You’ve enrolled in an accredited school and your court reporting classes will begin soon. You’re excited to learn about this exhilarating, trending career and eagerly looking forward to becoming one of the highly skilled professionals that are needed in so many industries these days! By the time you finish court reporting classes, you will be prepared for an entry-level job and are able to:

  • Show proficiency in using computer-assisted writing software.
  • Describe relevant courtroom procedures.
  • Complete an acceptable court and freelance deposition transcript.
  • Define and have general knowledge of significant legal and medical terminology.
  • Document dictated material up to 225 wpm (words per minute).
  • Have successfully completed 72 credit hours of classes and earned your Associate in Occupational Studies degree.

You’ll have studied and practiced these skills long enough to feel comfortable – even confident – enough to work as a court reporter. But what exactly will you learn in court reporting classes? In addition to learning that you’ve made the right choice for your future, here are the courses that will give you the proficiency and knowledge that can lead to an entry level job after graduation:

Elective Classes

You need three total credits, and each elective class is three credits. You are usually only required to take one, but you can take more if you are interested:

  • Contemporary Health Issues
  • Government
  • Any Paralegal course
  • Basic Human Anatomy – Why does a professional court reporter need to take an anatomy class? You don’t necessarily – it’s an elective – but a good class to consider, because medical transcriptionists (sometimes called “healthcare documentation specialists”) are often needed to transcribe voice recordings into readable reports. The Bureau of Labor Statistics (BLS) is unresolved about the job outlook for medical transcriptionists; they expected it to decline slightly, but with the now-epic increase in health care services, this specialized profession may flourish.

General Education Classes

You will need 15 credits in General Education; each class is three credits, so you will take all of these courses:

  • College English
  • Oral and Written Communications
  • College Mathematics – This class will review what you may have learned in high school; decimals, ratio and proportion, percentages, the metric system, basic algebra and geometry, statistics and problem-solving.
  • Psychology – In addition to basic human behavior, you’ll study behavior disorders’ terminology and psychological investigations that may be used as evidence in the courtroom.
  • Computer Concepts

Professional Education Classes

You must earn 54 credits total, and the number of credits-per-class varies:

  • Courtroom Procedures – You will learn about courtroom attire, etiquette and personal ethics while studying the different types of judicial systems, government agencies and freelance court reporting. Record-keeping for billing and the security of confidential information records is discussed. Vocabulary and spelling will be tested also.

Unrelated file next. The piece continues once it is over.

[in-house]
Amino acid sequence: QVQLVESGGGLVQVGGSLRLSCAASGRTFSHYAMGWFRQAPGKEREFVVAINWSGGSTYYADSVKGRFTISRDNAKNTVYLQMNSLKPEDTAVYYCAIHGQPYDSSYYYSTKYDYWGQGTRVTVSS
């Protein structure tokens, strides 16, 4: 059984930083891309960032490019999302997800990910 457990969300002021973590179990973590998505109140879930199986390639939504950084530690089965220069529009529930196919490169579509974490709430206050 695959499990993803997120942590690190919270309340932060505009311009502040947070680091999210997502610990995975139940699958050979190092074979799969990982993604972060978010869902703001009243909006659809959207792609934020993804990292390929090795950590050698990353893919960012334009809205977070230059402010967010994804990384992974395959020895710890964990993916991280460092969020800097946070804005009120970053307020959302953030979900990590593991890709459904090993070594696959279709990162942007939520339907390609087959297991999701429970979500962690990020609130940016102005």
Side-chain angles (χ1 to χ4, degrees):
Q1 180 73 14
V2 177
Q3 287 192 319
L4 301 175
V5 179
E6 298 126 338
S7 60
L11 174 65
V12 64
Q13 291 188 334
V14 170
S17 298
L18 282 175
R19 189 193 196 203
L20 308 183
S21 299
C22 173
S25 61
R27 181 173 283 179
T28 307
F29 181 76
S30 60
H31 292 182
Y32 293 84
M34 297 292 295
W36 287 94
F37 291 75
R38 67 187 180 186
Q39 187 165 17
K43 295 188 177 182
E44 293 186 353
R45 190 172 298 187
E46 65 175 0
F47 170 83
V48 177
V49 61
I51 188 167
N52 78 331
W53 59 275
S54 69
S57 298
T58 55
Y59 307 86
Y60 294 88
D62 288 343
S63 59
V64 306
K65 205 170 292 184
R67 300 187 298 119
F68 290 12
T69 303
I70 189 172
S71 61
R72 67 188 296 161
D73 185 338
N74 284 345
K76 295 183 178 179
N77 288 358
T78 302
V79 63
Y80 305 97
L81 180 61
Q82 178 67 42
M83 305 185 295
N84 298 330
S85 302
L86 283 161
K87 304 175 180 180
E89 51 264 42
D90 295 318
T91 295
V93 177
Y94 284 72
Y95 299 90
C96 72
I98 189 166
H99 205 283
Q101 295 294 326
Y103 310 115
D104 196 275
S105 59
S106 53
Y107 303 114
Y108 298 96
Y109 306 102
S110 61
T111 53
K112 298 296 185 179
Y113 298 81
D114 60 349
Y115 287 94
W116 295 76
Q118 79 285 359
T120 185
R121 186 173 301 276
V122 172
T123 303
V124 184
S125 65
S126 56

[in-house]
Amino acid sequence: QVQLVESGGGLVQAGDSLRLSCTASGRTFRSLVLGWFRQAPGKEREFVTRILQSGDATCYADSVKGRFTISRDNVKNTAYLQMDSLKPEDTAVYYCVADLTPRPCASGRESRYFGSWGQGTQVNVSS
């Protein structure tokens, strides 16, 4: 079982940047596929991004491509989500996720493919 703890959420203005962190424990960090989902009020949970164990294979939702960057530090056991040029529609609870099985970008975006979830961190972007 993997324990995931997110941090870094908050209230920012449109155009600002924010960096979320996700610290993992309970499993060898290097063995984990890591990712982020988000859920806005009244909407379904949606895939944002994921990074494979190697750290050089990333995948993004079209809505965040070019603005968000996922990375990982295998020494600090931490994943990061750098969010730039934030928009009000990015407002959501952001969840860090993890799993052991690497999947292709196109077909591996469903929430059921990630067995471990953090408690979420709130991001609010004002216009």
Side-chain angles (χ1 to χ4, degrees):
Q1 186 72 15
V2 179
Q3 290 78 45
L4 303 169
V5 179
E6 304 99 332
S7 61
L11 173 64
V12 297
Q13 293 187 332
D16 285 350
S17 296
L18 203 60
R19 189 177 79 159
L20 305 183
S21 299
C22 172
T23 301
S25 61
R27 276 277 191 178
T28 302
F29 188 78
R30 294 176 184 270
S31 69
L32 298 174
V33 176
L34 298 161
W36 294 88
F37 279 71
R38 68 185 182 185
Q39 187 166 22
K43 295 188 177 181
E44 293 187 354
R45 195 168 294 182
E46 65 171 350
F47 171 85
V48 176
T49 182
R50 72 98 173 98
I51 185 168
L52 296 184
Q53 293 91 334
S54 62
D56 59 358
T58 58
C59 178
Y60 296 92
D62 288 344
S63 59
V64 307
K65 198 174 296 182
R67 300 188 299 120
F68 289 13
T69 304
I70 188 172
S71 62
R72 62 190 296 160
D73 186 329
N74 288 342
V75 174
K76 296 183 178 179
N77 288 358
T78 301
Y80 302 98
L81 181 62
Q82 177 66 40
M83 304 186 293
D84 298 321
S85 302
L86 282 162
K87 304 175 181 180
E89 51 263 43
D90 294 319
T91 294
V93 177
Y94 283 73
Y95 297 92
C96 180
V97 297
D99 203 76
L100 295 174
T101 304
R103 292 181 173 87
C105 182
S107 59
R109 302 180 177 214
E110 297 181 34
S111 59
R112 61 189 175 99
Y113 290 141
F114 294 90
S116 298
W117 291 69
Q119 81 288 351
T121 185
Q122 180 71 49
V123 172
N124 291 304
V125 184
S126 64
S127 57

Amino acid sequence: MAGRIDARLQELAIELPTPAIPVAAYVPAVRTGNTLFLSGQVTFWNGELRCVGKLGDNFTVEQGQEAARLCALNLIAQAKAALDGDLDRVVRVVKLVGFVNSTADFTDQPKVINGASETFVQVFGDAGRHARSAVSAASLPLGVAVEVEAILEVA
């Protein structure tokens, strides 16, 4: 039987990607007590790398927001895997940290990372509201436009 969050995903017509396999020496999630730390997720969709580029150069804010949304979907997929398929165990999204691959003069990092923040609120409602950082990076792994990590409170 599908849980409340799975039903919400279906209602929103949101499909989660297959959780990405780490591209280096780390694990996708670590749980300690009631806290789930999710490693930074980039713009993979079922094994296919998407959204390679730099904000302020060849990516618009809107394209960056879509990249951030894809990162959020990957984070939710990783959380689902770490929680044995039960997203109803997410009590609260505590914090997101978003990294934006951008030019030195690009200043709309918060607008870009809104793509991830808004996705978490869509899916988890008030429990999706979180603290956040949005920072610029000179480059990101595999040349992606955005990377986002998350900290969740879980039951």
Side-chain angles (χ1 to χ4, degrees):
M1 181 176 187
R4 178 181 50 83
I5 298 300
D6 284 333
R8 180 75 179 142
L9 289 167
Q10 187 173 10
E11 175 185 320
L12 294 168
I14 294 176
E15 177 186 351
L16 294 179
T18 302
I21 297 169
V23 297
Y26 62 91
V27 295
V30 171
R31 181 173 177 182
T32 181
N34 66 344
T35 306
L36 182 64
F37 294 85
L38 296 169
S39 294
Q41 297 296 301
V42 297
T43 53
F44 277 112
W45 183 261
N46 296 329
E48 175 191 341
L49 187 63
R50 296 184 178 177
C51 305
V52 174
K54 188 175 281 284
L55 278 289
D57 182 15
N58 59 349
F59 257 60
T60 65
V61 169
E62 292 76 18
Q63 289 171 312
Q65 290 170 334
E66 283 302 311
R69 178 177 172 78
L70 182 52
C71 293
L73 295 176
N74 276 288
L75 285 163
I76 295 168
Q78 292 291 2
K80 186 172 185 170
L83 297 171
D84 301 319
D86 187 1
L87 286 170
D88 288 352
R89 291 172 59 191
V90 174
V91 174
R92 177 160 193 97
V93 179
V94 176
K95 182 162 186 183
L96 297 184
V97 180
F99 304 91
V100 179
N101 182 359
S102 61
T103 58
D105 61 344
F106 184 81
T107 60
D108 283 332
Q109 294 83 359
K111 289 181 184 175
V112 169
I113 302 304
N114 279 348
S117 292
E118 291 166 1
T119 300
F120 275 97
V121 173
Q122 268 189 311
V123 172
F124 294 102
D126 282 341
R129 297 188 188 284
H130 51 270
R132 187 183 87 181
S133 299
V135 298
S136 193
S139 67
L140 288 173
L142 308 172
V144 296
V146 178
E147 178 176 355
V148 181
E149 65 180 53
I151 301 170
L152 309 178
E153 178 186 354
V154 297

• English for Court Reporting – Editing, punctuation, vocabulary, proofreading and how to use source material will be learned.
  • Professional Development
  • Legal Terminology – Court reporter students will work toward mastering the terminology that is used by legal professionals. Branches of law: real estate, corporate, criminal and contract, for example, will be examined.
  • Medical Terminology – Knowledge of medical terminology is useful in the courtroom as well as when you work in the healthcare industry.
  • Stenotype I – Your first class that prepares you for your career in court reporting will train you in transcription, read-back, and the theory of real-time translation. Your stenotyping should reach 40 wpm.
  • Stenotype IIYour stenotyping should reach 90 wpm.
  • Stenotype IIIYour stenotyping should reach 130 wpm.
  • Stenotype IV – Your stenotyping should reach 180 wpm.
  • Stenotype Theory
  • Computer Technology
  • Court Reporting Internship – An internship is a valuable learning experience, so it’s important that your court reporting program include a “hands-on” internship class. By the time you take this course, you should be typing or “writing” about 180 wpm. You will be required to “work” a minimum of 9 hours/week for a total of 135 hours (100 of those hours must be spent actually using your shorthand machine, recording trials, depositions, etc.) as a practicing court reporter. Your transcripts will be graded.
  • Advanced Court Reporting – Upon completion of this vital class, you will finally be able to demonstrate you can enter data at 225 wpm. You’ll learn how to identify and record the words spoken by more than one person. In a courtroom, two attorneys may be speaking – and interrupting each other – at the same time before the judge interrupts them, so it’s important that you are able to type who said what as well as describe gestures and emotions. If called upon, you should be able to quickly read-back what you have typed. By the time you complete this class, you will have confidence in your abilities and be ready for your first job as a court reporter!

You’ve been making decisions – choices – all of your life; some were good and some were bad, but you learned from them all. Enrolling in court reporting classes, and learning about this profession, is a career choice that that can change your life for the better!

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